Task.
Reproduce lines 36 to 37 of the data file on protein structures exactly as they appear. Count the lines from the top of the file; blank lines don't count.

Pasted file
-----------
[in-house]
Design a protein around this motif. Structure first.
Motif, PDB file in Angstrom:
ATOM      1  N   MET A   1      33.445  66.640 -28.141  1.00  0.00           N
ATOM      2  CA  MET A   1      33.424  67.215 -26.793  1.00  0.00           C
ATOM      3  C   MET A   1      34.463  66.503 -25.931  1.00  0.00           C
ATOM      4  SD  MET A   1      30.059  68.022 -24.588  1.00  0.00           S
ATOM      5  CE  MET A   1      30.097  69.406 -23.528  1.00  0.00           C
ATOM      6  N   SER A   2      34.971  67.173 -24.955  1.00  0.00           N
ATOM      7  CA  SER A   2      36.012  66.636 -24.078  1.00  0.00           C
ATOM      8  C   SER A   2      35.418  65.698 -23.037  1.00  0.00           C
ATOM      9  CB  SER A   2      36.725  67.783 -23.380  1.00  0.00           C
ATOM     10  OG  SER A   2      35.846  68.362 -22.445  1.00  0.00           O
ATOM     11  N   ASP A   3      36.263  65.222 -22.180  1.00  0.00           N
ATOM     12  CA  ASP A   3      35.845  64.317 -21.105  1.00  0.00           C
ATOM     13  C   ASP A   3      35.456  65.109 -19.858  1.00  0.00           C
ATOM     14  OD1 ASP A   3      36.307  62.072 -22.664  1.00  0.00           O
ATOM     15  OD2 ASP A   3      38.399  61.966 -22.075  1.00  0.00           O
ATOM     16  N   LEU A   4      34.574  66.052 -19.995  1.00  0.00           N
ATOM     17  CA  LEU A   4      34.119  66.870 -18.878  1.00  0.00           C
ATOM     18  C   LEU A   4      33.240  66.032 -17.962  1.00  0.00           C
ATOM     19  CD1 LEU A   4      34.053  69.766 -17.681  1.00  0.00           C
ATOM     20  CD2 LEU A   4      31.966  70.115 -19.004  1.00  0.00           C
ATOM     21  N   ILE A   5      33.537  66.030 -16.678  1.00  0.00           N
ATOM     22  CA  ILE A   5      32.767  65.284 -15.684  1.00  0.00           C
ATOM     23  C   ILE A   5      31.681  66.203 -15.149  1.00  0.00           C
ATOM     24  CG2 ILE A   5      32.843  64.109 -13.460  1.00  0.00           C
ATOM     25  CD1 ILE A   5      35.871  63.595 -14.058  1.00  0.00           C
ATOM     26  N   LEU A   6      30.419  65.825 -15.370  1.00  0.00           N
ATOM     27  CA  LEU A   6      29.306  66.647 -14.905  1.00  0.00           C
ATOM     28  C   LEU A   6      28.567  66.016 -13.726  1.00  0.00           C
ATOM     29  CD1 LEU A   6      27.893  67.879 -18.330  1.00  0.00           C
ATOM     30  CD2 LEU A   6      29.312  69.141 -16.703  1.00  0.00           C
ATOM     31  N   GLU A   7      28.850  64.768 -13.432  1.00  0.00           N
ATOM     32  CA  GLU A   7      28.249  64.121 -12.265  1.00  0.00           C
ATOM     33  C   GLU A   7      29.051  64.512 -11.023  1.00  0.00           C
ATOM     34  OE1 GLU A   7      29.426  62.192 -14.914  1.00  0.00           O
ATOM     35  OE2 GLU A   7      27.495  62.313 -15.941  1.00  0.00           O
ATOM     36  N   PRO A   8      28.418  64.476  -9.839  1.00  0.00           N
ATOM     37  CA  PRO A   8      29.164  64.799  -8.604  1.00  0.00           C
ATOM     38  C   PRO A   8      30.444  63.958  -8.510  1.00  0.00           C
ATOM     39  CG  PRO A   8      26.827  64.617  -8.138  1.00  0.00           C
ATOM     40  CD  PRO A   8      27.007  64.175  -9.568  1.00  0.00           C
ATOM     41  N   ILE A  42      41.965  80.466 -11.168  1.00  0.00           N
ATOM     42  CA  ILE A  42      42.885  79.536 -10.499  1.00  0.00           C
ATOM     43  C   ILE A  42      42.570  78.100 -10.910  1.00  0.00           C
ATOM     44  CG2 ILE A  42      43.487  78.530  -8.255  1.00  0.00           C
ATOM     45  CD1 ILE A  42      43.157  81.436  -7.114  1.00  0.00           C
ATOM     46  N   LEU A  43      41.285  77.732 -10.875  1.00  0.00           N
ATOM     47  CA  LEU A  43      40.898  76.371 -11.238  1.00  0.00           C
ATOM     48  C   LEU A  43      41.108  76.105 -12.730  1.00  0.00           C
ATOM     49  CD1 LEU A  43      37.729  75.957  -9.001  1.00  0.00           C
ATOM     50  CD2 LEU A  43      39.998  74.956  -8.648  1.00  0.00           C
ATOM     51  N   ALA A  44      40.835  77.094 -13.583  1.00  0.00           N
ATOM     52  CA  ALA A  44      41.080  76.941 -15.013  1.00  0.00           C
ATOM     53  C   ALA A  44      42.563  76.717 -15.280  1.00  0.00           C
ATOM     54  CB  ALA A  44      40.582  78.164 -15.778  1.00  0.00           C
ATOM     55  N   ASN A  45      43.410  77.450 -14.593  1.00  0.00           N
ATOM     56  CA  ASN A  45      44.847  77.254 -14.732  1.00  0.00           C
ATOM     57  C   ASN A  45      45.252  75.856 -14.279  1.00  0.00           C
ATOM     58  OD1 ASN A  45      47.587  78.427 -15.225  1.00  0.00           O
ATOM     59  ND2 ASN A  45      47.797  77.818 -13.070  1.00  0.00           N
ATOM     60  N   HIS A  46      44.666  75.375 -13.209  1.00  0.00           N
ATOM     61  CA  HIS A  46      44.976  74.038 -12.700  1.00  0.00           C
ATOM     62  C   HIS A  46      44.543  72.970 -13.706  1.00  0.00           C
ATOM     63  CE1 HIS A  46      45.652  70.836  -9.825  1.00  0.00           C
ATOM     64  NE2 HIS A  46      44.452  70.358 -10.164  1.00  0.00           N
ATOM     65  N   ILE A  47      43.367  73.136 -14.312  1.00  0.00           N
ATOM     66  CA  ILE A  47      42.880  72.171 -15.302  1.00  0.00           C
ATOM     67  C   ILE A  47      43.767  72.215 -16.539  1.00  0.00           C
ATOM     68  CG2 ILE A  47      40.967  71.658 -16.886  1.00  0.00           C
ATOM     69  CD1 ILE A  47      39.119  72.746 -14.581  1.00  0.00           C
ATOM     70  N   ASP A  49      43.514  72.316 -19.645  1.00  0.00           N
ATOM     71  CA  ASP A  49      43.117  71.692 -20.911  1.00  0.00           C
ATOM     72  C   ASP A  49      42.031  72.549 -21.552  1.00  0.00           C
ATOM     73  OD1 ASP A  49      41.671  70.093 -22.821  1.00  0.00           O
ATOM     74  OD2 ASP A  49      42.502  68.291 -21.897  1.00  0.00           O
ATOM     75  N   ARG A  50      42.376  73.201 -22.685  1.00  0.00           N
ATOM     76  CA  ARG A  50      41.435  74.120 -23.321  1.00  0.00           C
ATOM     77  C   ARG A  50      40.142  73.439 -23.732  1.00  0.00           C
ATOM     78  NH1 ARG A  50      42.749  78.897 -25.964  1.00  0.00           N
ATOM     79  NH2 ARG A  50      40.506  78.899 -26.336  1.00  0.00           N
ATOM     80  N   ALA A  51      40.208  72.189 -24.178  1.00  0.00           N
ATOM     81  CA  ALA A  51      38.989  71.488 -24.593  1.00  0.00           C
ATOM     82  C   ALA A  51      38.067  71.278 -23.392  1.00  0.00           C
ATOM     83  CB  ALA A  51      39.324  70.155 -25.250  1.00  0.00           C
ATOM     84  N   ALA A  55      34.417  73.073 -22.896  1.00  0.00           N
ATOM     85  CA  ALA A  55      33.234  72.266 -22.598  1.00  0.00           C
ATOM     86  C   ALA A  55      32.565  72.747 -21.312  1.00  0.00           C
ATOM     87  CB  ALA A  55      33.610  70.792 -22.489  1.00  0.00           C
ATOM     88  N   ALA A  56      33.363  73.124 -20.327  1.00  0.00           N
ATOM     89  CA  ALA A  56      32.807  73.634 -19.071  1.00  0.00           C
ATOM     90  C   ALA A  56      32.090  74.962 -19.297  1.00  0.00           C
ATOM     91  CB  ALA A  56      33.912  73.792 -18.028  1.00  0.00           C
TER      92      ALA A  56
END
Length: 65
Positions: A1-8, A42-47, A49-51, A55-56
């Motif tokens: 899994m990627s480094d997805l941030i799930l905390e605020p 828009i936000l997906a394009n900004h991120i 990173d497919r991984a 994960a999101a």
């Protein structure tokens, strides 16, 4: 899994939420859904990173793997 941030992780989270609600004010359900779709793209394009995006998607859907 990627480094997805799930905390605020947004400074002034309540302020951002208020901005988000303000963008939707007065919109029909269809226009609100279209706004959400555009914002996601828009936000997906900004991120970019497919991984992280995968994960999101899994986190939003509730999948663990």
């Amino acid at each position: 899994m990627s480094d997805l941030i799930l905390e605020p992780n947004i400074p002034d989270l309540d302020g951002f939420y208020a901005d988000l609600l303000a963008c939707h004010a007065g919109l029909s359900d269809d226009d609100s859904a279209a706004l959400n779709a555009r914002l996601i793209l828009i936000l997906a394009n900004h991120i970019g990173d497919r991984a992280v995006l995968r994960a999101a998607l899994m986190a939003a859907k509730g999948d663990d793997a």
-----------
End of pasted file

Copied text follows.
ATOM     33  C   GLU A   7      29.051  64.512 -11.023  1.00  0.00           C
ATOM     34  OE1 GLU A   7      29.426  62.192 -14.914  1.00  0.00           O